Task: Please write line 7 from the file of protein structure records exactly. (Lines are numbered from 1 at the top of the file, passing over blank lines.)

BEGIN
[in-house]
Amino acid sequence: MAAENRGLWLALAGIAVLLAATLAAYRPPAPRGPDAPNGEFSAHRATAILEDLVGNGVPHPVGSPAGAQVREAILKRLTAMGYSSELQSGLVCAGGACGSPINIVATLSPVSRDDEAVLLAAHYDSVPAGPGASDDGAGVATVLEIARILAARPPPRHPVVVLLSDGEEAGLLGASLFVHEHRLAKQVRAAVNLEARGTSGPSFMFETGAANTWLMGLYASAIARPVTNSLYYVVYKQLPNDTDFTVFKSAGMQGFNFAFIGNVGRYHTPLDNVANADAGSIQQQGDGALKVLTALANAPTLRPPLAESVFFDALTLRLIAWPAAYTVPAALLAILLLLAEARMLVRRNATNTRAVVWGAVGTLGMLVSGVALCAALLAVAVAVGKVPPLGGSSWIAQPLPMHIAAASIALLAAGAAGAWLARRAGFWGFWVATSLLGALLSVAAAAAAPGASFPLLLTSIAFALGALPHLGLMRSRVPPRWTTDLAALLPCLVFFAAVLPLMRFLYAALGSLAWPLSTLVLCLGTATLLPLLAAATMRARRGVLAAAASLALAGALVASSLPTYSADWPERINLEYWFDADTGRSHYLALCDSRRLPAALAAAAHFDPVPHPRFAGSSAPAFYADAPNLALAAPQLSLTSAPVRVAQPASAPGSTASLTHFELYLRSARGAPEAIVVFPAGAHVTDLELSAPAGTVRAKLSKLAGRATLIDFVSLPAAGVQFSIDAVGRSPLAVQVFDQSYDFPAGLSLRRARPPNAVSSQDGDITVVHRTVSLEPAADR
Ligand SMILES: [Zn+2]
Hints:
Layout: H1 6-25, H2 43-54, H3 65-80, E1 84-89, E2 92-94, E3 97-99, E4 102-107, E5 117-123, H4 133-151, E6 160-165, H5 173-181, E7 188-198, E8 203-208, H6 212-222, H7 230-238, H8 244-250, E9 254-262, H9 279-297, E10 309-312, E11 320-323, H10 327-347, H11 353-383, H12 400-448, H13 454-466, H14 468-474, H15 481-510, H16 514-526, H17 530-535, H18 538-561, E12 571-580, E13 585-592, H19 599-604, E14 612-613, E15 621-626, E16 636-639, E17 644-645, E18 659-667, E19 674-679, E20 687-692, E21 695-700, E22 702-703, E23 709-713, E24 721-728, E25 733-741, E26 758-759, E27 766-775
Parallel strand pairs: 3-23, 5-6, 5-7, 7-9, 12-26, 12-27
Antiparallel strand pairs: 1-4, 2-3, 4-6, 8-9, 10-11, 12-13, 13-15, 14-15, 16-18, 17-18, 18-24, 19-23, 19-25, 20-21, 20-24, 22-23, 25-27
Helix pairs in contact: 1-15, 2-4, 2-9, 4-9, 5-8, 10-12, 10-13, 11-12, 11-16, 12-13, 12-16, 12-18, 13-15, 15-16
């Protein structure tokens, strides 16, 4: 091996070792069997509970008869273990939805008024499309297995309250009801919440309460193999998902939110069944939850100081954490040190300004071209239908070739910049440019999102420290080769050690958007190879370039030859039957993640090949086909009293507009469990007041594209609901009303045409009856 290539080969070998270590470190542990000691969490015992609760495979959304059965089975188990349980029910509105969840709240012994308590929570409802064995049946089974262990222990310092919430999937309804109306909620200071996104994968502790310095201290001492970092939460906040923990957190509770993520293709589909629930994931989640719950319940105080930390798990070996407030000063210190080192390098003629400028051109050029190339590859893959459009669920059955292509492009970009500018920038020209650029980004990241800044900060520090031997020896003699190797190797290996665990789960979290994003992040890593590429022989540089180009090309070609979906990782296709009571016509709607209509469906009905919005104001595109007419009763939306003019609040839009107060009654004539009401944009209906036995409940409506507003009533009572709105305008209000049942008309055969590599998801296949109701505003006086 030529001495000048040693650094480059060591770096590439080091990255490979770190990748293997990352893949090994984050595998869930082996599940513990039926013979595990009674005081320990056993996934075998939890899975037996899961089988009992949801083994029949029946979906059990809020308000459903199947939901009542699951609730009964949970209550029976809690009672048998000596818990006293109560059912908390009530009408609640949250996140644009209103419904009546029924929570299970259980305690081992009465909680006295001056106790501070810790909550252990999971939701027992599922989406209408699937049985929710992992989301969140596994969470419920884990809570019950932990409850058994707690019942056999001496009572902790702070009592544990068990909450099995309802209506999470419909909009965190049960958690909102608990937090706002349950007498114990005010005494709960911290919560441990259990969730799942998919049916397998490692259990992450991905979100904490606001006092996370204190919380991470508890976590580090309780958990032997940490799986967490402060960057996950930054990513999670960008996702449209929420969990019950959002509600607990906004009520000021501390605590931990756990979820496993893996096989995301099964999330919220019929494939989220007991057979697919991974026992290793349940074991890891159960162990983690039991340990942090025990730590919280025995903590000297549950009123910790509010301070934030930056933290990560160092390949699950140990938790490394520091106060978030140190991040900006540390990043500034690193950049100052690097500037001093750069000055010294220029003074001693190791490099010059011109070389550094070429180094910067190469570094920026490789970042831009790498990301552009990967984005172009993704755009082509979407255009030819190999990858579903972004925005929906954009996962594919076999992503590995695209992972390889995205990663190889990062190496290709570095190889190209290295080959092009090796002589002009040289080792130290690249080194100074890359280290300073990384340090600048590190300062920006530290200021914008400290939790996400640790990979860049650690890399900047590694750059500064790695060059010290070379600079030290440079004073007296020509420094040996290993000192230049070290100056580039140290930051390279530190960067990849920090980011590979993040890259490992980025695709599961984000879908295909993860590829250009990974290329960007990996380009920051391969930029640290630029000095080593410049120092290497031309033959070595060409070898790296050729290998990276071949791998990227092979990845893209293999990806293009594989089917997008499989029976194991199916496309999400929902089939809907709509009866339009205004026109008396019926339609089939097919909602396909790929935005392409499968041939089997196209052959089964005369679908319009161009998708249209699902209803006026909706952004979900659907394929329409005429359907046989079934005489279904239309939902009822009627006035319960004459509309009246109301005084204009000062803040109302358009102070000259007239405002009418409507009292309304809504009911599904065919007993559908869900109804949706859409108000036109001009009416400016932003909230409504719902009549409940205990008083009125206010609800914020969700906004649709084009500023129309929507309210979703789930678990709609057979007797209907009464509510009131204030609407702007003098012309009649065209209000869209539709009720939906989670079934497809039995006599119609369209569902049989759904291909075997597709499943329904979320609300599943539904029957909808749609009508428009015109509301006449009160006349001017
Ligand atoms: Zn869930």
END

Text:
Antiparallel strand pairs: 1-4, 2-3, 4-6, 8-9, 10-11, 12-13, 13-15, 14-15, 16-18, 17-18, 18-24, 19-23, 19-25, 20-21, 20-24, 22-23, 25-27